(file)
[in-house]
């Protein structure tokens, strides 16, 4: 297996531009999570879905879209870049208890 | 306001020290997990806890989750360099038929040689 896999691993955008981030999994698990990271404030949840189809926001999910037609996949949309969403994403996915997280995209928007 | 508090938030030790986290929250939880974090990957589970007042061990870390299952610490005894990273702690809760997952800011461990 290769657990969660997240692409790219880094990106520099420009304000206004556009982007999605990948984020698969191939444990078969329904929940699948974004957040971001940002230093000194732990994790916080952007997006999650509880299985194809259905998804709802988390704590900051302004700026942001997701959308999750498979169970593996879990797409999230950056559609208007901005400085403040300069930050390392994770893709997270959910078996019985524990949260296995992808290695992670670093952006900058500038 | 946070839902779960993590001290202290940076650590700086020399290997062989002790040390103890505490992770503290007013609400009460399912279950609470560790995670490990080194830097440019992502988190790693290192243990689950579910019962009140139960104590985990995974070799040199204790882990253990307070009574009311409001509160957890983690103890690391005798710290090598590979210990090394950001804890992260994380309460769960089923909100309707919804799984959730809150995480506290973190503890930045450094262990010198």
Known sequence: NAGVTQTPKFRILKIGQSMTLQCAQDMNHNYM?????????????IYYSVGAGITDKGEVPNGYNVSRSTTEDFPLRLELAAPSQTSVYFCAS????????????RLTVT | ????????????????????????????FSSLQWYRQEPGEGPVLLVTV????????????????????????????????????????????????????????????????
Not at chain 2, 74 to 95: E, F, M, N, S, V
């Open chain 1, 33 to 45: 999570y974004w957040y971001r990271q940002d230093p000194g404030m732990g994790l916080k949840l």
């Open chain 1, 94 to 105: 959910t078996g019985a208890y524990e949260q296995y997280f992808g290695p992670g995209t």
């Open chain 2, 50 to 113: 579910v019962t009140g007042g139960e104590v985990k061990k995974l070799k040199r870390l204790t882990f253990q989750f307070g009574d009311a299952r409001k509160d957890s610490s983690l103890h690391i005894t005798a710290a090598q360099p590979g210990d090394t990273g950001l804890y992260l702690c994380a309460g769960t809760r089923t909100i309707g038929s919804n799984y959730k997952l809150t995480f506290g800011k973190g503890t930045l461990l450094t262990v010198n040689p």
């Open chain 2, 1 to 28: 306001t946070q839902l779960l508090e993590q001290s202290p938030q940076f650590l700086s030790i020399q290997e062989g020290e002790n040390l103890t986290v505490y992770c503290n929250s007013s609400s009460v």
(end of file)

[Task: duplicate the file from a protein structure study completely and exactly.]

[in-house]
């Protein structure tokens, strides 16, 4: 297996531009999570879905879209870049208890 | 306001020290997990806890989750360099038929040689 896999691993955008981030999994698990990271404030949840189809926001999910037609996949949309969403994403996915997280995209928007 | 508090938030030790986290929250939880974090990957589970007042061990870390299952610490005894990273702690809760997952800011461990 290769657990969660997240692409790219880094990106520099420009304000206004556009982007999605990948984020698969191939444990078969329904929940699948974004957040971001940002230093000194732990994790916080952007997006999650509880299985194809259905998804709802988390704590900051302004700026942001997701959308999750498979169970593996879990797409999230950056559609208007901005400085403040300069930050390392994770893709997270959910078996019985524990949260296995992808290695992670670093952006900058500038 | 946070839902779960993590001290202290940076650590700086020399290997062989002790040390103890505490992770503290007013609400009460399912279950609470560790995670490990080194830097440019992502988190790693290192243990689950579910019962009140139960104590985990995974070799040199204790882990253990307070009574009311409001509160957890983690103890690391005798710290090598590979210990090394950001804890992260994380309460769960089923909100309707919804799984959730809150995480506290973190503890930045450094262990010198």
Known sequence: NAGVTQTPKFRILKIGQSMTLQCAQDMNHNYM?????????????IYYSVGAGITDKGEVPNGYNVSRSTTEDFPLRLELAAPSQTSVYFCAS????????????RLTVT | ????????????????????????????FSSLQWYRQEPGEGPVLLVTV????????????????????????????????????????????????????????????????
Not at chain 2, 74 to 95: E, F, M, N, S, V
């Open chain 1, 33 to 45: 999570y974004w957040y971001r990271q940002d230093p000194g404030m732990g994790l916080k949840l």
């Open chain 1, 94 to 105: 959910t078996g019985a208890y524990e949260q296995y997280f992808g290695p992670g995209t």
């Open chain 2, 50 to 113: 579910v019962t009140g007042g139960e104590v985990k061990k995974l070799k040199r870390l204790t882990f253990q989750f307070g009574d009311a299952r409001k509160d957890s610490s983690l103890h690391i005894t005798a710290a090598q360099p590979g210990d090394t990273g950001l804890y992260l702690c994380a309460g769960t809760r089923t909100i309707g038929s919804n799984y959730k997952l809150t995480f506290g800011k973190g503890t930045l461990l450094t262990v010198n040689p």
């Open chain 2, 1 to 28: 306001t946070q839902l779960l508090e993590q001290s202290p938030q940076f650590l700086s030790i020399q290997e062989g020290e002790n040390l103890t986290v505490y992770c503290n929250s007013s609400s009460v």